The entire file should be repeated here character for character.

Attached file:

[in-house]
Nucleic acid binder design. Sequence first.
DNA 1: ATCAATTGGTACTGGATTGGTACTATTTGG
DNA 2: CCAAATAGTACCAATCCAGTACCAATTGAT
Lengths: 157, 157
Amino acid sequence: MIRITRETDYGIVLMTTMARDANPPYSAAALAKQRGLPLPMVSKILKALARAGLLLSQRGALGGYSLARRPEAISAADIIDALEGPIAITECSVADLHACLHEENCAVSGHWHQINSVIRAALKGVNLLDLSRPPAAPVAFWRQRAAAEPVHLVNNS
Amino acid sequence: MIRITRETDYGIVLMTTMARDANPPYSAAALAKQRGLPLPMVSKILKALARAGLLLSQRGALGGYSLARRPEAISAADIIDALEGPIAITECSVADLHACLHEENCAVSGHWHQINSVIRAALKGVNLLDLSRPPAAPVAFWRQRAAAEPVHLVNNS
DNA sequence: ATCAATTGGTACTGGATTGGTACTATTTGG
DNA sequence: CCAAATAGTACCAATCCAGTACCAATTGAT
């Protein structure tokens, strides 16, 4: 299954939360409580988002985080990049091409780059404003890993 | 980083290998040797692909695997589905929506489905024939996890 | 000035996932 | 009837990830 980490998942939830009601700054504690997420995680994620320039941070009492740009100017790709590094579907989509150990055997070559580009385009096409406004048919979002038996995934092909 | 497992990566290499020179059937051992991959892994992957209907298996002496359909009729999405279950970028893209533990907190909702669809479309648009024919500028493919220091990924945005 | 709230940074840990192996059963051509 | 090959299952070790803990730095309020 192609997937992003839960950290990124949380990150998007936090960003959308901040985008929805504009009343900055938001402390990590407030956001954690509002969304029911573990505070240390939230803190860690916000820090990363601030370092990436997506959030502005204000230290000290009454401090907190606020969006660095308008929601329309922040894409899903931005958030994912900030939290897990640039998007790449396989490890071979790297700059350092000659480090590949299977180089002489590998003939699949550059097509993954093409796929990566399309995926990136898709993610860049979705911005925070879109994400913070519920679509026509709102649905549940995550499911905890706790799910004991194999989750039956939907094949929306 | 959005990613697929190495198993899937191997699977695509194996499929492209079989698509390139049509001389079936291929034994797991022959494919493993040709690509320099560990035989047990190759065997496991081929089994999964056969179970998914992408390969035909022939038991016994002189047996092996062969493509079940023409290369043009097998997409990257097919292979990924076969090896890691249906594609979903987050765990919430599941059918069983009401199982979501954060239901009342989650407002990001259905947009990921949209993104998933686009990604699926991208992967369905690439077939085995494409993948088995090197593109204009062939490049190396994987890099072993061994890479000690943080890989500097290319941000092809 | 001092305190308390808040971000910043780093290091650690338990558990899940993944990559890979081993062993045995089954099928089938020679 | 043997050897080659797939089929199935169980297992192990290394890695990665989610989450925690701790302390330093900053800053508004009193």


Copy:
[in-house]
Nucleic acid binder design. Sequence first.
DNA 1: ATCAATTGGTACTGGATTGGTACTATTTGG
DNA 2: CCAAATAGTACCAATCCAGTACCAATTGAT
Lengths: 157, 157
Amino acid sequence: MIRITRETDYGIVLMTTMARDANPPYSAAALAKQRGLPLPMVSKILKALARAGLLLSQRGALGGYSLARRPEAISAADIIDALEGPIAITECSVADLHACLHEENCAVSGHWHQINSVIRAALKGVNLLDLSRPPAAPVAFWRQRAAAEPVHLVNNS
Amino acid sequence: MIRITRETDYGIVLMTTMARDANPPYSAAALAKQRGLPLPMVSKILKALARAGLLLSQRGALGGYSLARRPEAISAADIIDALEGPIAITECSVADLHACLHEENCAVSGHWHQINSVIRAALKGVNLLDLSRPPAAPVAFWRQRAAAEPVHLVNNS
DNA sequence: ATCAATTGGTACTGGATTGGTACTATTTGG
DNA sequence: CCAAATAGTACCAATCCAGTACCAATTGAT
């Protein structure tokens, strides 16, 4: 299954939360409580988002985080990049091409780059404003890993 | 980083290998040797692909695997589905929506489905024939996890 | 000035996932 | 009837990830 980490998942939830009601700054504690997420995680994620320039941070009492740009100017790709590094579907989509150990055997070559580009385009096409406004048919979002038996995934092909 | 497992990566290499020179059937051992991959892994992957209907298996002496359909009729999405279950970028893209533990907190909702669809479309648009024919500028493919220091990924945005 | 709230940074840990192996059963051509 | 090959299952070790803990730095309020 192609997937992003839960950290990124949380990150998007936090960003959308901040985008929805504009009343900055938001402390990590407030956001954690509002969304029911573990505070240390939230803190860690916000820090990363601030370092990436997506959030502005204000230290000290009454401090907190606020969006660095308008929601329309922040894409899903931005958030994912900030939290897990640039998007790449396989490890071979790297700059350092000659480090590949299977180089002489590998003939699949550059097509993954093409796929990566399309995926990136898709993610860049979705911005925070879109994400913070519920679509026509709102649905549940995550499911905890706790799910004991194999989750039956939907094949929306 | 959005990613697929190495198993899937191997699977695509194996499929492209079989698509390139049509001389079936291929034994797991022959494919493993040709690509320099560990035989047990190759065997496991081929089994999964056969179970998914992408390969035909022939038991016994002189047996092996062969493509079940023409290369043009097998997409990257097919292979990924076969090896890691249906594609979903987050765990919430599941059918069983009401199982979501954060239901009342989650407002990001259905947009990921949209993104998933686009990604699926991208992967369905690439077939085995494409993948088995090197593109204009062939490049190396994987890099072993061994890479000690943080890989500097290319941000092809 | 001092305190308390808040971000910043780093290091650690338990558990899940993944990559890979081993062993045995089954099928089938020679 | 043997050897080659797939089929199935169980297992192990290394890695990665989610989450925690701790302390330093900053800053508004009193």